When the news broke that the Chief Executive Officer (CEO) of the Citizenship by Investment Unit (CIU), Chisanga Chekwe, had tendered his resignation after only six months on the job, it raised more than a few eyebrows with one prominent question being asked: why?
The news broke shortly after the American media house, CBS, aired a damning piece on CIP across the Caribbean and described them as “cash for passports” programmes which catered to terrorists and other undesirables. It is, therefore, natural for persons to think that the two were connected. In fact, the conspiracy theorists believe that they are directly linked and that all is not right in the CIP world. They believe that Chekwe saw enough in six months to say that he did not want to be associated with the CIU. All speculation, of course, but you know how those conspiracy theorists are.
The situation was not helped Prime Minster Browne, when asked about the surprised resignation, stated, “You’ll have to ask him about it. Call him and inquire of him.” Why the PM decided to be less than forthcoming with information on the matter is unknown to us, and we will not speculate; unlike the conspiracy theorists who have fed on the brief remark with a ravenous appetite for more.
In a case like this, where one of the country’s most controversial (and revenue important) programmes is under attack, we would have thought that the PM would have been quick to provide some explanation to the public to allay any fears that there was anything wrong; much in the same way that he defended the CIP in the CBS 60 Minutes piece.
As we stated in our previous editorial on this matter, PM Brown’s willingness to appear and defend Antigua & Barbuda’s Citizenship by Investment Programme, in the face of what was an obvious negative story line, helped tremendously, as we emerged the least scathed country in the show’s critique of CIP. Other islands, whose governments made themselves unavailable, allowed the void to be filled by the rhetoric and suffered because of that decision.
That said, fast forward to today and we are more than a bit baffled as to why the PM would stray from that strategy and decide to stay quiet on this one. If this is nothing more than a ‘bad fit’ or a change in direction by either party, then simply say so. These things happen. Not everyone is a fit and no situation stays static. Change is the only constant. We believe that most people understand that and a simple explanation would have quieted the situation and reduced the conspiracy theorists chatter that is now the raucous chorus filling the void.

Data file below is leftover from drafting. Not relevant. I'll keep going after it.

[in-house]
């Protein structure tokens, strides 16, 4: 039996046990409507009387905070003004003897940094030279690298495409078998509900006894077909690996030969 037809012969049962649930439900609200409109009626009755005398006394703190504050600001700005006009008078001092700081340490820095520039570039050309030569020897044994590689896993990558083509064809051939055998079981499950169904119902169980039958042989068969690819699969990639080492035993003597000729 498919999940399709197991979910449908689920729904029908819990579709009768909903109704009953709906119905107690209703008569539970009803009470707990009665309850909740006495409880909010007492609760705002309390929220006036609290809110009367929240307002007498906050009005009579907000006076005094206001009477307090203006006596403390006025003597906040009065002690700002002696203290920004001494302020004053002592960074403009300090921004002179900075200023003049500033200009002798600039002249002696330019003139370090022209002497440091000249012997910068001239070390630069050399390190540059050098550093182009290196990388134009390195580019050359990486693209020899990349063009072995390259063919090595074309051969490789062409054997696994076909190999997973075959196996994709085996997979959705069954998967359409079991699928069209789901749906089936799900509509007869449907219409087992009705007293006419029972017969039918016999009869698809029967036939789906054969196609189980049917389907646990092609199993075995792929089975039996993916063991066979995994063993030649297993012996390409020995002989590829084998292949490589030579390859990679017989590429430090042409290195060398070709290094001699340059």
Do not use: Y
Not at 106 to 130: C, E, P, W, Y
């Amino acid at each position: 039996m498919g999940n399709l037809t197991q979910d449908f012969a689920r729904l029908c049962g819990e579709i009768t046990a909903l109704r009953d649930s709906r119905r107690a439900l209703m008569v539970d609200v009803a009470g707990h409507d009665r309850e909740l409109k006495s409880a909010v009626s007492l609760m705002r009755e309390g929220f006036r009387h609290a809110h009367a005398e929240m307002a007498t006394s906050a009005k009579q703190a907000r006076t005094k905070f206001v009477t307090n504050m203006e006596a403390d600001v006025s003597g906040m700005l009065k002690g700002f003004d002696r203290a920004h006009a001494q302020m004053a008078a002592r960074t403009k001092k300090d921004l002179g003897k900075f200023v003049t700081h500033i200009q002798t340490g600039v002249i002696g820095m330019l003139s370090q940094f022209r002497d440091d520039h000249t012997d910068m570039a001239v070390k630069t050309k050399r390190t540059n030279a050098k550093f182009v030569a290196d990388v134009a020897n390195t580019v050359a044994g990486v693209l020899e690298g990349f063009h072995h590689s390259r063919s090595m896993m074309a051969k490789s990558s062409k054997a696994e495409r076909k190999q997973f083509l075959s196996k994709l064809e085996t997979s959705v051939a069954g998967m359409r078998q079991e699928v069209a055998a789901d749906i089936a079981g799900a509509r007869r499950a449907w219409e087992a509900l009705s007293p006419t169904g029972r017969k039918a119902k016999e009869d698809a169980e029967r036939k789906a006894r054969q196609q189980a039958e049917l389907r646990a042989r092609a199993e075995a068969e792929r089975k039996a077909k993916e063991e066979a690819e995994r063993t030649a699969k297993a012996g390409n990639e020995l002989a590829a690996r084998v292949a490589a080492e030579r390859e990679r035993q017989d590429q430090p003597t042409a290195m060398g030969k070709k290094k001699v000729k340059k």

This is just another example of what happens when there is a lack of transparency. If this is nothing more than a personnel issue, then it is easy to see how a simple explanation would have satisfied people’s expectations and fostered confidence in the CIU. Instead, the information void has resulted in speculation and a reliance on ‘sources’ for information. The problem with that is: it becomes a runaway train; to the point where any future explanation will be met with scepticism, as people will feel that it is a ‘made-up ting’ being force-fed to the people to quell the disquiet. (As evidenced by the initial reactions to the ‘personal reasons’ explanation recently advanced.)
This may seem like we are picking on the PM, but we are not. We always give PM Browne credit for making himself available to the media. Rather, we are using this situation to point out a key flaw in our government and its relationship with the people. In fact, this is not only a flaw in our government but one that exists everywhere.
There is an old adage from Latin, “in regione caecorum rex est luscus” (credited to Desiderius Erasmus’s Adagia – 1500) that translates to “in the land of the blind, the one eyed man is king”. These are wise words for anyone, but it especially relevant to politicians because it is a maxim that is often missed or ignored.
When transparency is discarded and opaqueness becomes normal, the people become blind to the affairs of government. This is the time when the one-eyed man rises to power and leads the people to the light at the end of the tunnel. That light may be tinted with a certain colour, but it is light nonetheless and welcomed by most; even if the eventual destination and the road/tunnel to get there may be hazardous and the eventual destination not what was desired.
So, to our politicians – all of them – let transparency reign. Do not be afraid of the light. Let the people be empowered and enlightened with knowledge so that they are not led down a dark, unknown path with destination unknown by the one-eyed man.
Let there be light!